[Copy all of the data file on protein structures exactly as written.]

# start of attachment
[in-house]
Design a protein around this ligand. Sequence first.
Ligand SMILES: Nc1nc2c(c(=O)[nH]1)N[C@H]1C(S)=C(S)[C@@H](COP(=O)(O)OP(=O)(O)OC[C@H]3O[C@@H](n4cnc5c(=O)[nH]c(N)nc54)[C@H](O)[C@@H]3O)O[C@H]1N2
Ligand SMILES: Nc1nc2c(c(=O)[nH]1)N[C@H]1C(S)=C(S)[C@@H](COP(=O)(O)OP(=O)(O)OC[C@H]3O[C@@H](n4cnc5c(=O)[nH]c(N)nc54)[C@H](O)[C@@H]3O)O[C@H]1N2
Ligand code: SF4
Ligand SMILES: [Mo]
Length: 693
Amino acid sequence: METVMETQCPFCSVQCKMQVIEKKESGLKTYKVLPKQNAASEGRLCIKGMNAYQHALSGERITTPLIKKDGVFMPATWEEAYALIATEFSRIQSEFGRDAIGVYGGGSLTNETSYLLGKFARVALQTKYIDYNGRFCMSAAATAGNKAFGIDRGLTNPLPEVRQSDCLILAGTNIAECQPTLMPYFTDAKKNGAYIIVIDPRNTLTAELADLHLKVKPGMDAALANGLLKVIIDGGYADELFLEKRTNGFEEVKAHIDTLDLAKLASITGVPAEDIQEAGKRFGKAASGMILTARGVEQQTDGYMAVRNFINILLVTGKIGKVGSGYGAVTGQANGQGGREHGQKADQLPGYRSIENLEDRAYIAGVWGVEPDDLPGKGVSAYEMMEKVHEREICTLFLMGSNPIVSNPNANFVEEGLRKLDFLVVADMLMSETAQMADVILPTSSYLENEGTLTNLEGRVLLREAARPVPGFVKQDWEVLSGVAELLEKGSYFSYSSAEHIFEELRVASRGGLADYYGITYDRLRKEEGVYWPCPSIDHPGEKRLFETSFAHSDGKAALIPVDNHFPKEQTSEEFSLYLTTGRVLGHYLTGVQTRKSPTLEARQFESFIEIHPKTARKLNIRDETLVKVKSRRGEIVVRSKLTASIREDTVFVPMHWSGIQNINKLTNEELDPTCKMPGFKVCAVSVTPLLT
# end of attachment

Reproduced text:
[in-house]
Design a protein around this ligand. Sequence first.
Ligand SMILES: Nc1nc2c(c(=O)[nH]1)N[C@H]1C(S)=C(S)[C@@H](COP(=O)(O)OP(=O)(O)OC[C@H]3O[C@@H](n4cnc5c(=O)[nH]c(N)nc54)[C@H](O)[C@@H]3O)O[C@H]1N2
Ligand SMILES: Nc1nc2c(c(=O)[nH]1)N[C@H]1C(S)=C(S)[C@@H](COP(=O)(O)OP(=O)(O)OC[C@H]3O[C@@H](n4cnc5c(=O)[nH]c(N)nc54)[C@H](O)[C@@H]3O)O[C@H]1N2
Ligand code: SF4
Ligand SMILES: [Mo]
Length: 693
Amino acid sequence: METVMETQCPFCSVQCKMQVIEKKESGLKTYKVLPKQNAASEGRLCIKGMNAYQHALSGERITTPLIKKDGVFMPATWEEAYALIATEFSRIQSEFGRDAIGVYGGGSLTNETSYLLGKFARVALQTKYIDYNGRFCMSAAATAGNKAFGIDRGLTNPLPEVRQSDCLILAGTNIAECQPTLMPYFTDAKKNGAYIIVIDPRNTLTAELADLHLKVKPGMDAALANGLLKVIIDGGYADELFLEKRTNGFEEVKAHIDTLDLAKLASITGVPAEDIQEAGKRFGKAASGMILTARGVEQQTDGYMAVRNFINILLVTGKIGKVGSGYGAVTGQANGQGGREHGQKADQLPGYRSIENLEDRAYIAGVWGVEPDDLPGKGVSAYEMMEKVHEREICTLFLMGSNPIVSNPNANFVEEGLRKLDFLVVADMLMSETAQMADVILPTSSYLENEGTLTNLEGRVLLREAARPVPGFVKQDWEVLSGVAELLEKGSYFSYSSAEHIFEELRVASRGGLADYYGITYDRLRKEEGVYWPCPSIDHPGEKRLFETSFAHSDGKAALIPVDNHFPKEQTSEEFSLYLTTGRVLGHYLTGVQTRKSPTLEARQFESFIEIHPKTARKLNIRDETLVKVKSRRGEIVVRSKLTASIREDTVFVPMHWSGIQNINKLTNEELDPTCKMPGFKVCAVSVTPLLT